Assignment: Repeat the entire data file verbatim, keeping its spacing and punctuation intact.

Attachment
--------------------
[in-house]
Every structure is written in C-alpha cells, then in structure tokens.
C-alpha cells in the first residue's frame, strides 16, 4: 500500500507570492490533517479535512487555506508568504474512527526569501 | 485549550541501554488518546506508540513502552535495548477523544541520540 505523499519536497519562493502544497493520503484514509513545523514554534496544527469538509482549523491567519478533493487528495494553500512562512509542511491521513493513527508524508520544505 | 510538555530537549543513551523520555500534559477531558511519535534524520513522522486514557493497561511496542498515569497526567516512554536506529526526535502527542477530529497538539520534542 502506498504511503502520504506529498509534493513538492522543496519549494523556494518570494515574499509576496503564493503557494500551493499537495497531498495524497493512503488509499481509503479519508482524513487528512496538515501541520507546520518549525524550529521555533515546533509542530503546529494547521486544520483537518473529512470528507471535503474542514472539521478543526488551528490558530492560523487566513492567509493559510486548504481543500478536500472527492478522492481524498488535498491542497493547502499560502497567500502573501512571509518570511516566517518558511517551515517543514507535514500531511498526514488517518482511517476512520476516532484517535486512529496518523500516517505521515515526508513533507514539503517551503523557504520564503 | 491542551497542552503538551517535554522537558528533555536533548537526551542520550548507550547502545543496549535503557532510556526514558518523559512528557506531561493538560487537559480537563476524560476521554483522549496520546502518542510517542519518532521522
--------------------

[in-house]
Every structure is written in C-alpha cells, then in structure tokens.
C-alpha cells in the first residue's frame, strides 16, 4: 500500500507570492490533517479535512487555506508568504474512527526569501 | 485549550541501554488518546506508540513502552535495548477523544541520540 505523499519536497519562493502544497493520503484514509513545523514554534496544527469538509482549523491567519478533493487528495494553500512562512509542511491521513493513527508524508520544505 | 510538555530537549543513551523520555500534559477531558511519535534524520513522522486514557493497561511496542498515569497526567516512554536506529526526535502527542477530529497538539520534542 502506498504511503502520504506529498509534493513538492522543496519549494523556494518570494515574499509576496503564493503557494500551493499537495497531498495524497493512503488509499481509503479519508482524513487528512496538515501541520507546520518549525524550529521555533515546533509542530503546529494547521486544520483537518473529512470528507471535503474542514472539521478543526488551528490558530492560523487566513492567509493559510486548504481543500478536500472527492478522492481524498488535498491542497493547502499560502497567500502573501512571509518570511516566517518558511517551515517543514507535514500531511498526514488517518482511517476512520476516532484517535486512529496518523500516517505521515515526508513533507514539503517551503523557504520564503 | 491542551497542552503538551517535554522537558528533555536533548537526551542520550548507550547502545543496549535503557532510556526514558518523559512528557506531561493538560487537559480537563476524560476521554483522549496520546502518542510517542519518532521522